# Why doesn't the identity theorem for holomorphic functions work for real-differentiable functions?

I've been fascinated by the idea of analytic continuation and I came across the identity theorem for holomorphic functions. (http://en.wikipedia.org/wiki/Identity_theorem)

On wikipedia it states: "Thus a holomorphic function is completely determined by its values on a (possibly quite small) neighborhood in D. This is not true for real-differentiable functions"

Is there a simple way or an accessible example to show why this is so? I'm an enthusiast with a undergraduate math background, but I have not studied complex analysis.

• Differentiability in $\mathbb C$ is a much, much, much stronger condition than differentiability in $\mathbb R$. – MPW Mar 19 '14 at 2:24
• The basic reason is that every complex-differentiable function has a power series and the power series about a point defines a unique power series about every other point within its radius of convergence. – Kevin Carlson Mar 19 '14 at 2:46
• I just thought that I'd point out that the current Purdue Problem of the Week (Number 11) is related to this idea. You should give it a shot: math.purdue.edu/pow – Joel Apr 2 '14 at 19:28

Consider the function $$f(x) = \mathrm{e}^{-1/x^2}$$ on the reals. Although not defined at zero, it clearly has a limit at zero and that limit is zero. Now look at its derivatives: $$f'(x) = \frac{2}{x^3} f(x)$$ $$f''(x) = \frac{4-6x^2}{x^6} f(x)$$ $$f'''(x) = \frac{8-36x^2+24x^4}{x^9} f(x)$$ and so on, with the exponential overwhelming the rational function as we take limits at zero. We find, in fact, that this limiting process gives us zeroes for every derivative at zero.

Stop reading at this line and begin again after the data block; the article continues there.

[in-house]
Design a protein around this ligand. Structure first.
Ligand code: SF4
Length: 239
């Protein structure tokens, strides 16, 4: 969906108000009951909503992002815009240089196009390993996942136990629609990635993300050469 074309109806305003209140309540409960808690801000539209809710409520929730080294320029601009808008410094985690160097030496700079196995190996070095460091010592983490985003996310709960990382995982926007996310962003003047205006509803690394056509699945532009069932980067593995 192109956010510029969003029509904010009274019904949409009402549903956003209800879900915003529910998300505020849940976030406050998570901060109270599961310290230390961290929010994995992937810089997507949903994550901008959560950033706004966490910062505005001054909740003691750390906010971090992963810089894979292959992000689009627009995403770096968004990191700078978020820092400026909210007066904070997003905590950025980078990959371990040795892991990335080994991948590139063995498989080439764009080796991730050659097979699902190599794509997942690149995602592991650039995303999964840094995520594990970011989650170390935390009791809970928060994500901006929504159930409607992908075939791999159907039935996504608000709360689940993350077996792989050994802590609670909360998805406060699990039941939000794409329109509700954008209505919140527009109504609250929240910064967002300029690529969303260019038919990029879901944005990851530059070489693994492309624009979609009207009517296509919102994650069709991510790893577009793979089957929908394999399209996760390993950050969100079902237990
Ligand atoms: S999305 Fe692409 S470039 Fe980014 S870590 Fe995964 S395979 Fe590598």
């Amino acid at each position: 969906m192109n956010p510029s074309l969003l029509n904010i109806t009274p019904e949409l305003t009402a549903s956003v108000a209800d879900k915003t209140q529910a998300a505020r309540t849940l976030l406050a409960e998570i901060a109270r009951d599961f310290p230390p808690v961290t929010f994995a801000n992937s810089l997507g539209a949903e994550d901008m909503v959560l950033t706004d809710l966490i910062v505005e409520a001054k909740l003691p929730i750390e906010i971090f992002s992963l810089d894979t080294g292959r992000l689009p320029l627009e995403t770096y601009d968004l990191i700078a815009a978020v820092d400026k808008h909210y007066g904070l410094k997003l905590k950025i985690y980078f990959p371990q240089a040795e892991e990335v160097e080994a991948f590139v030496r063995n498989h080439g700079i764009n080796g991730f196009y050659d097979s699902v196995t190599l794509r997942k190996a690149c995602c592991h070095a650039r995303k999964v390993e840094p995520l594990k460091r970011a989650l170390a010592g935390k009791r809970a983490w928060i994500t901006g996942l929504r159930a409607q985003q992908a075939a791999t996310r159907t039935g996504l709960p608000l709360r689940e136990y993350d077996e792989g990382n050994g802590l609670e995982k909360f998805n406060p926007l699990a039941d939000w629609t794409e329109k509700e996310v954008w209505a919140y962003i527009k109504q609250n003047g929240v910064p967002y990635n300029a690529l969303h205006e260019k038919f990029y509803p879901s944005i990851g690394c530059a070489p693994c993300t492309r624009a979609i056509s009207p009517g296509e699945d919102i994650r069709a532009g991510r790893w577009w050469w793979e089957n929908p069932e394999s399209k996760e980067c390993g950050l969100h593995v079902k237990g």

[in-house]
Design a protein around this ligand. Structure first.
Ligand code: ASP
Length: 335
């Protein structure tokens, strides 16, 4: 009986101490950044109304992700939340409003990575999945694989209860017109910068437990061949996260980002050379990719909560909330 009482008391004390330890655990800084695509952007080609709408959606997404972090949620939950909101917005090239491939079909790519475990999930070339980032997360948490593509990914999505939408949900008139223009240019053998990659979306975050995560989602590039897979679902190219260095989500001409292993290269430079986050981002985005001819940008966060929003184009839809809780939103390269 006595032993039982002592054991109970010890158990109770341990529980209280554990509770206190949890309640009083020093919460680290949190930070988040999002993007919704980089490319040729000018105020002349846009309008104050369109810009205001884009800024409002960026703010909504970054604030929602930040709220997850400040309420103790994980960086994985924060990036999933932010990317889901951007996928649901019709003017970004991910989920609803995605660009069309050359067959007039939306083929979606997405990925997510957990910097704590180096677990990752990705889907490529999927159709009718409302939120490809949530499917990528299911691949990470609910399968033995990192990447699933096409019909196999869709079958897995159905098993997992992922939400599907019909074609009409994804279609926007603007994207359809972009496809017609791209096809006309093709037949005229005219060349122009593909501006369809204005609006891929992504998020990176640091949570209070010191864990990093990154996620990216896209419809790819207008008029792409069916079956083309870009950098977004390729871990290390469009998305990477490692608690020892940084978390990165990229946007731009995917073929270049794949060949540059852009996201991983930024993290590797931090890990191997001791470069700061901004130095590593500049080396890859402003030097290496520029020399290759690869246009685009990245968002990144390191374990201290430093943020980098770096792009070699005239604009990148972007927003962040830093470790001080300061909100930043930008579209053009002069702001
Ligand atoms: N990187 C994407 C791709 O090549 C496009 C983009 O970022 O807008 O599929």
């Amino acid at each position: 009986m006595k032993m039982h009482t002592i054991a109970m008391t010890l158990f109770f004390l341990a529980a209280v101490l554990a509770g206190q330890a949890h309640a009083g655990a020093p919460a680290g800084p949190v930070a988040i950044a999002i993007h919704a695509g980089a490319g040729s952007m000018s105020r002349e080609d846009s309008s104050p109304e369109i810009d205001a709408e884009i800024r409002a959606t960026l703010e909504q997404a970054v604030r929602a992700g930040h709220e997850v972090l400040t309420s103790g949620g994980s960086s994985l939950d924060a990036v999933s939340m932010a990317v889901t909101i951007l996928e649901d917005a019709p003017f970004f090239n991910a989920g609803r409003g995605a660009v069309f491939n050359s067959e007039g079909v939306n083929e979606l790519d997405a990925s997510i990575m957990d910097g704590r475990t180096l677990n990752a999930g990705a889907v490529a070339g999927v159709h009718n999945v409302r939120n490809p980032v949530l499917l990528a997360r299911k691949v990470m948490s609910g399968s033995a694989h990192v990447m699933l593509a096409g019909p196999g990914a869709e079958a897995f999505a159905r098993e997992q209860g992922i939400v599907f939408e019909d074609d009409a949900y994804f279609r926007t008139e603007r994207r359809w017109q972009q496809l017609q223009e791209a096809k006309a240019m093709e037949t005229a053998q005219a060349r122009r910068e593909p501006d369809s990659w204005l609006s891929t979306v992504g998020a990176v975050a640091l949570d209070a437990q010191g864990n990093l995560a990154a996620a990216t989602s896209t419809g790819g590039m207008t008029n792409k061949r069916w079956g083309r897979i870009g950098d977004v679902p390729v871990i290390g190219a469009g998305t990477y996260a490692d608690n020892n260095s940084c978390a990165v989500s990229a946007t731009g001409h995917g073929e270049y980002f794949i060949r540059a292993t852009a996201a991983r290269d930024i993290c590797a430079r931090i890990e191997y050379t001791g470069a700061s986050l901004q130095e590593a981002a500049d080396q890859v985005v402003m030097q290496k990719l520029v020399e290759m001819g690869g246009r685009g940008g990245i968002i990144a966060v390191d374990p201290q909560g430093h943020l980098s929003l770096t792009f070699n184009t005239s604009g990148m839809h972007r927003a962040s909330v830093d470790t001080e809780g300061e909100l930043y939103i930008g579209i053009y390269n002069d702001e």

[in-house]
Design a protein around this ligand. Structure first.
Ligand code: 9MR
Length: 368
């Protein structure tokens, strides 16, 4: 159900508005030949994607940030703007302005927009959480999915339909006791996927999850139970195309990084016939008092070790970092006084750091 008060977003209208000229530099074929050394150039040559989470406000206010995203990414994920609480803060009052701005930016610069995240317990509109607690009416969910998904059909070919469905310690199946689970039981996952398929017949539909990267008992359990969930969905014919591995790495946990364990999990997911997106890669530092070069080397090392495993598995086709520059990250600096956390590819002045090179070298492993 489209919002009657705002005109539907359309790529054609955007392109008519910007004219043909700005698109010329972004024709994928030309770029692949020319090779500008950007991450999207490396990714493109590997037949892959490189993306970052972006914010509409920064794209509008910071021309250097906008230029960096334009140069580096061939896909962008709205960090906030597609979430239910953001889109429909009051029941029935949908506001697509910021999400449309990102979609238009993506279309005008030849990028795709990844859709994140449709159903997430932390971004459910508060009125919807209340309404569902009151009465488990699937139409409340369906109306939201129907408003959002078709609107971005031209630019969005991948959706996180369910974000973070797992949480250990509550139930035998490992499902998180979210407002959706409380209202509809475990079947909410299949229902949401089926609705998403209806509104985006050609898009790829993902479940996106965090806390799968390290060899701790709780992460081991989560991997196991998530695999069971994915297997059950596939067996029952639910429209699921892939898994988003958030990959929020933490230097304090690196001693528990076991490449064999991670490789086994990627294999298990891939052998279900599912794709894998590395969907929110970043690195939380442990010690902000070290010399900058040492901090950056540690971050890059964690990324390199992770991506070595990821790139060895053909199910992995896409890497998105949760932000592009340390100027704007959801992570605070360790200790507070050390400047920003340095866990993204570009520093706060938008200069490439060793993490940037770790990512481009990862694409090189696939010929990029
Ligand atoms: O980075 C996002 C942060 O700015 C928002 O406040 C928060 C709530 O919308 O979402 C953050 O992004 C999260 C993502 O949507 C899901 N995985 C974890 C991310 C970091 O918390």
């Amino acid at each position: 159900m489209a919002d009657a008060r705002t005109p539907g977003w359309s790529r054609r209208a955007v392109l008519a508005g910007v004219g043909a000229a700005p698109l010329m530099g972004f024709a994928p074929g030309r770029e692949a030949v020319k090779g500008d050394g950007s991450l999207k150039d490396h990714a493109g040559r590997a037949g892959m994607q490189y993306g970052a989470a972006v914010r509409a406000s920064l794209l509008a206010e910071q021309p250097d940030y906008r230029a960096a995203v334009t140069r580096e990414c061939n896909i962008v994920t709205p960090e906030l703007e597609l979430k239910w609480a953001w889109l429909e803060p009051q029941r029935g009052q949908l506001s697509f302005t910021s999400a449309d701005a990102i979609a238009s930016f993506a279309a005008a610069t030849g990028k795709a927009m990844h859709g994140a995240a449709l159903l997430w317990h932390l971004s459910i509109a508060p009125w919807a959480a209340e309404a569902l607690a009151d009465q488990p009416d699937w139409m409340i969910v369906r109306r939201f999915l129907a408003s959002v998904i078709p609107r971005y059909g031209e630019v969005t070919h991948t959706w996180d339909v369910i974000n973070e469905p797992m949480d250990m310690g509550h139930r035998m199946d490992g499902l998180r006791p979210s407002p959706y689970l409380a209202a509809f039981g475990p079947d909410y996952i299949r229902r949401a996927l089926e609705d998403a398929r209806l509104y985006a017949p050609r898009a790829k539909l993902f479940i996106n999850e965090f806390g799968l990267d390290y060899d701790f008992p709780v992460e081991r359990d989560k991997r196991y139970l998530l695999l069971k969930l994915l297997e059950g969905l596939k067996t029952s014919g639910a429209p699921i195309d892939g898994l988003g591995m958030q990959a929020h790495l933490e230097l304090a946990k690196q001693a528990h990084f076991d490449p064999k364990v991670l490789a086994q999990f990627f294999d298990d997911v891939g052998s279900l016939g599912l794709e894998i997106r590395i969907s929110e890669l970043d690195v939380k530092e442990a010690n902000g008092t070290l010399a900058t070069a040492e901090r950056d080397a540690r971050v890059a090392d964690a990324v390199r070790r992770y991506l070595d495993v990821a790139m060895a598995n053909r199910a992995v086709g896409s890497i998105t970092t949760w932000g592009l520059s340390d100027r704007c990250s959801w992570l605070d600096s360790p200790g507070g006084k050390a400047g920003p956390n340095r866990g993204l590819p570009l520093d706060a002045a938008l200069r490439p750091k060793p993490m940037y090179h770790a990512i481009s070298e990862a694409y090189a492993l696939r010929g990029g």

Is this the zero function? No. Therefore, its power series expansion is not faithful at zero.

Why? Take a step back and look at the complex plane and notice the essential singularities pressed up against the real line at zero and discover that I "cheated" by taking limits at zero. In the reals, the limits exist, but in the complexes they do not. In short, the real line can be blind to essential features of functions. (Especially if the person posing functions to investigate is aware of this deficiency.) However, having looked at a neighborhood in the complexes, there is nothing left to know since there is nowhere for a feature to hide.  (I spent some time trying to clean up what amounts to random moire pattern in the center of the argument plot. The best I could manage follows, but is misleading about the violent flailing of the complex angle near the origin.) (What we should really be seeing is infinitely many thinner and thinner strips as we get closer to the origin. Of course, the strips are already one pixel wide in the given image -- if we attempt to thin them further, all we render is a continuous blob of contour lines.)